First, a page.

When New York City public schools are criticized for the poor quality of their education and overlooking the needs of children, defenders of the school system frequently say they don't have the resources necessary to improve the schools. But thousands of local volunteers are trying to change that, by helping to clean up the city's public schools.
A local artist penciled a mural on the wall in a middle school auditorium. A national home furnishings store donated the paint, and about 25 New York City residents are playing artist for the day, filling in the holes.
Volunteer Jenine Pellegrino is hard at work painting different colored stick figures that are walking past a skyscraper, symbolizing the many diverse nationalities that live and work in Manhattan. Her contribution, she says, is just part of the mural's larger vision.
"There's people walking through the city, there is the U.N., the Statue of Liberty, the Empire State Building, the Rockettes scene, and different New York things like paying tolls and subway signs and things like that," she says.
Ms. Pellegrino is among the some 8,000 volunteers who set to work in one of about 110 schools throughout the city on a recent Saturday, providing an opportunity for some dingy public schools to get a facelift from people who want to help out for an afternoon.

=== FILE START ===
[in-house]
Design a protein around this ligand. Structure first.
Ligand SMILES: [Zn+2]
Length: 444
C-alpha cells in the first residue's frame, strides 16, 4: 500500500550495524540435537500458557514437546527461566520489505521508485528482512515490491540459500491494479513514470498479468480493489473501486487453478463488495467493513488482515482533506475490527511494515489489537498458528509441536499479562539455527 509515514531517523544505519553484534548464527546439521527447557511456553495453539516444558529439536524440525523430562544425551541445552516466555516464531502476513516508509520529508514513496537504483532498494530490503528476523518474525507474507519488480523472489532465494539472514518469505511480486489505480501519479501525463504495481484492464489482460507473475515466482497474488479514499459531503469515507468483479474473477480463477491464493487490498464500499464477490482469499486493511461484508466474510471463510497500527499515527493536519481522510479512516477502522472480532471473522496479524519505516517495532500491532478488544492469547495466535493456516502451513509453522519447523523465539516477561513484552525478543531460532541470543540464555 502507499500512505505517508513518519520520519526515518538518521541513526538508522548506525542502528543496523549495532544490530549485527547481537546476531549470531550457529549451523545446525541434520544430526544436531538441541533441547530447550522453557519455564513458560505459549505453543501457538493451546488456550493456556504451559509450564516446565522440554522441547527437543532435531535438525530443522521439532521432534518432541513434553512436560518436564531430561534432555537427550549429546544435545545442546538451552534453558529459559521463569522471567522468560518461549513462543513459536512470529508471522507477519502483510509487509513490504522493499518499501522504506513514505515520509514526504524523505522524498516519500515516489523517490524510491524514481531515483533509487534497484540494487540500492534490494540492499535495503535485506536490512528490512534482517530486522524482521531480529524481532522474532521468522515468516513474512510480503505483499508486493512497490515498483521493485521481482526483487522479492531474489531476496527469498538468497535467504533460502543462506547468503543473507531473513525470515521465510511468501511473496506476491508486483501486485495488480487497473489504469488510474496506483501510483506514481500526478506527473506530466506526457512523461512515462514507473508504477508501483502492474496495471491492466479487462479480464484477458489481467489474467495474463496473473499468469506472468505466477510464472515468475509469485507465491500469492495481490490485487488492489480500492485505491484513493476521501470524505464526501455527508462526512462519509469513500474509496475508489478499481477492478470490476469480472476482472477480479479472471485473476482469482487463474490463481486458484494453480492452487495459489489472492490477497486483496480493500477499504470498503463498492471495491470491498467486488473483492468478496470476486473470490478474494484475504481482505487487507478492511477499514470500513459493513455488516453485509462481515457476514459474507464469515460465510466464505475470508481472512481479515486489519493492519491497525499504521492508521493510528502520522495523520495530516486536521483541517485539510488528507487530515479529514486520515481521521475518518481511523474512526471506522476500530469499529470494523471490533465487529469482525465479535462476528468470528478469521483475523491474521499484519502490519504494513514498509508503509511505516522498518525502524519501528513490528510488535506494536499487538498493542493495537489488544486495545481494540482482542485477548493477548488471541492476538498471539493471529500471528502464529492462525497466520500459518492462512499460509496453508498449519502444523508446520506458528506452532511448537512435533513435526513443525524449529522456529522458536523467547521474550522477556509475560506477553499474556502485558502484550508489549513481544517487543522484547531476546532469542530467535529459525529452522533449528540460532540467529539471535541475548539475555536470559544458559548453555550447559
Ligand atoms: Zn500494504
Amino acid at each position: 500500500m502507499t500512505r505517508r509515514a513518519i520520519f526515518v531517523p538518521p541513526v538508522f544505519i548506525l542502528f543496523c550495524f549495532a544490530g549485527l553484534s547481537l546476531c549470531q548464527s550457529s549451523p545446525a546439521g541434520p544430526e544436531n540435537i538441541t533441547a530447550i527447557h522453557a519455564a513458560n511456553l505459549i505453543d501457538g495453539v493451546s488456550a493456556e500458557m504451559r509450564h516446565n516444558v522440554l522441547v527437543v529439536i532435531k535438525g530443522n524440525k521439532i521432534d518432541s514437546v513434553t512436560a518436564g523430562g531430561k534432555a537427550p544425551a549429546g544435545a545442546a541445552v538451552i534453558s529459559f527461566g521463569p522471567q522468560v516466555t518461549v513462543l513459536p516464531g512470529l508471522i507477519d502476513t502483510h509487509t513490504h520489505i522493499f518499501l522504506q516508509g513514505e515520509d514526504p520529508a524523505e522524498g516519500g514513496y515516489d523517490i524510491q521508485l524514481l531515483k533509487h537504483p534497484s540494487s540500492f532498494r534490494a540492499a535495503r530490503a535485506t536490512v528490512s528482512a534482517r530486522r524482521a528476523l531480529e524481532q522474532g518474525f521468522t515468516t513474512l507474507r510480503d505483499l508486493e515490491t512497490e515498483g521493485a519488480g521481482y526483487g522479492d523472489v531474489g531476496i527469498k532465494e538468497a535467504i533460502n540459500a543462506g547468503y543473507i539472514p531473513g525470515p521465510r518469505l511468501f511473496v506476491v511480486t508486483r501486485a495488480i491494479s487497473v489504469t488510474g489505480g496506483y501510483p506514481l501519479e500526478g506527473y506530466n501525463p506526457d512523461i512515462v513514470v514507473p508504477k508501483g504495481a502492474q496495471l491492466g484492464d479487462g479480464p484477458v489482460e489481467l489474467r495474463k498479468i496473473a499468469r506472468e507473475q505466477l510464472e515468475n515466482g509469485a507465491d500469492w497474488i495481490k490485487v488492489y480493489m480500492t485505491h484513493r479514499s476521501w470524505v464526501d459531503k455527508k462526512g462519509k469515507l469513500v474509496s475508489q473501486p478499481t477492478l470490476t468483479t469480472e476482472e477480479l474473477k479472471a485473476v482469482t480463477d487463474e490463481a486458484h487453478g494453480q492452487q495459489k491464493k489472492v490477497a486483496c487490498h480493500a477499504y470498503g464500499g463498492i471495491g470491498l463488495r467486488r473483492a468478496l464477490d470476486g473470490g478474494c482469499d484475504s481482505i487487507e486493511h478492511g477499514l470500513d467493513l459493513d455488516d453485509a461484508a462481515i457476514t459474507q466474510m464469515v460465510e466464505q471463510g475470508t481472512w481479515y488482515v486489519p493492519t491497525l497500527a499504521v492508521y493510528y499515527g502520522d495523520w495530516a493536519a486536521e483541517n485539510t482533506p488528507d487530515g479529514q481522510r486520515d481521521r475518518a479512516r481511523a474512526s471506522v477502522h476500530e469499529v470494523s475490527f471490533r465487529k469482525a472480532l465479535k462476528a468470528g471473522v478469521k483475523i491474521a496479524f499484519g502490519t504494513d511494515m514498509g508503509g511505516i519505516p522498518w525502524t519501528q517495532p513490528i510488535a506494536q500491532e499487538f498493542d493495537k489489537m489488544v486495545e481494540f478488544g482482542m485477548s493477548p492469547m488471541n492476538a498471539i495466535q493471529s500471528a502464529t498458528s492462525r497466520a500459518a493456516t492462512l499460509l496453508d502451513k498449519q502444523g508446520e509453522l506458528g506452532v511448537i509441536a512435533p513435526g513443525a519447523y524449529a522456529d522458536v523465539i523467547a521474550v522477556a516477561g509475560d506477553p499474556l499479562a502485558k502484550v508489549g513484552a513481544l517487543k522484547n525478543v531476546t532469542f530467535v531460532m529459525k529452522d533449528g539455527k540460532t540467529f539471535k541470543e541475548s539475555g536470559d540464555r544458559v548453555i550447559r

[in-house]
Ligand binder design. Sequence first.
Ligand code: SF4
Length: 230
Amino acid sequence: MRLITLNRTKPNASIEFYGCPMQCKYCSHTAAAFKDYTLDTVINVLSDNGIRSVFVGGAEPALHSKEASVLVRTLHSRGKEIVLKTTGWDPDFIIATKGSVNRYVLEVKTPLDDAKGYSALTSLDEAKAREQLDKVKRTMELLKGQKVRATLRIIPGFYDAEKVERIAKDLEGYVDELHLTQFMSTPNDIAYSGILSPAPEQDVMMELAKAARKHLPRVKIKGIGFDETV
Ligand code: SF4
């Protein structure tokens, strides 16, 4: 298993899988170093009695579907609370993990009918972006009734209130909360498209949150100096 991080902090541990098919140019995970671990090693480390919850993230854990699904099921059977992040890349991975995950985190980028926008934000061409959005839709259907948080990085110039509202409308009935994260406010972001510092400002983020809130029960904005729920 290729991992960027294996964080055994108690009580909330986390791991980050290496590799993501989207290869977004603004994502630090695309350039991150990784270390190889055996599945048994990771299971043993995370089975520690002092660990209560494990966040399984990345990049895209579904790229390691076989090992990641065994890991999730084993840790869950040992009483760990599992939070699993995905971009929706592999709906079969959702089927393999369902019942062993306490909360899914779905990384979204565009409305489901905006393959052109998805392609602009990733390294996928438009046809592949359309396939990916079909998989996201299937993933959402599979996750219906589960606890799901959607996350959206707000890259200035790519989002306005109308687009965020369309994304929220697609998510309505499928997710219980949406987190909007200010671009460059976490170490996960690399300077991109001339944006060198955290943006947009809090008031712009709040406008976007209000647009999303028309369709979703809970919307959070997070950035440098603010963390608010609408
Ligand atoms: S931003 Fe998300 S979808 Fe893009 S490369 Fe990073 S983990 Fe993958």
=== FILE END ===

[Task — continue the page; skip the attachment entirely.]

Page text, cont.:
Ariel Zwang took charge of several dozen volunteers at one school that teaches ages four to 13 in Manhattan.
"They are painting walls that need to be painted and brightened up, painting murals which are really inspirational and beautify the environment here," she says. "They are reorganizing school libraries and making them much more able to be used by the kids who need to use the books. We wire computer rooms on this day, we paint line games in play yards so that kids can make better use of recess and enjoy that more."
Ms. Zwang heads a volunteer group called New York Cares, which organizes about 50,000 projects like this one each year. She says more than 25,000 volunteers help in a variety of causes from taking care of AIDS patients to tutoring kids to helping at animal rescue shelters.
The principal of the school, Sheri Donovan, says the extra effort makes up for what the city cannot provide.
"A lot of things do get paid for but this school in particular we have a large summer school here every summer and keeping up with that and keeping up with painting that should be done periodically is very, very hard," she says. "So this kind of makes up for it."
Volunteer Heather Degenhardt is upstairs in the library, cleaning and re-stacking books for the kids.
"It's once a year we come and I don't think that is enough," she says. "Because we all live in the community and the city is so good to us. It is something we should all do I think. It's very important."
Ms. Degenhardt says she found out that this school has no library system for checking out books, so kids aren't allowed to take the books home. She says he hopes to come back again, to help code the books so kids can read them at home.
The volunteer director, Ms. Zwang, says that kids do notice the volunteers' work.
"That's my favorite part," she says. "On Monday when I get back to office, there are always calls and letters waiting. My favorite was a picture of a child lying on the floor and the teacher wrote, 'He fainted when he saw how beautiful the school looked!' It was really funny and cute."
Organizers say the volunteer effort benefits some 80,000 New York City children.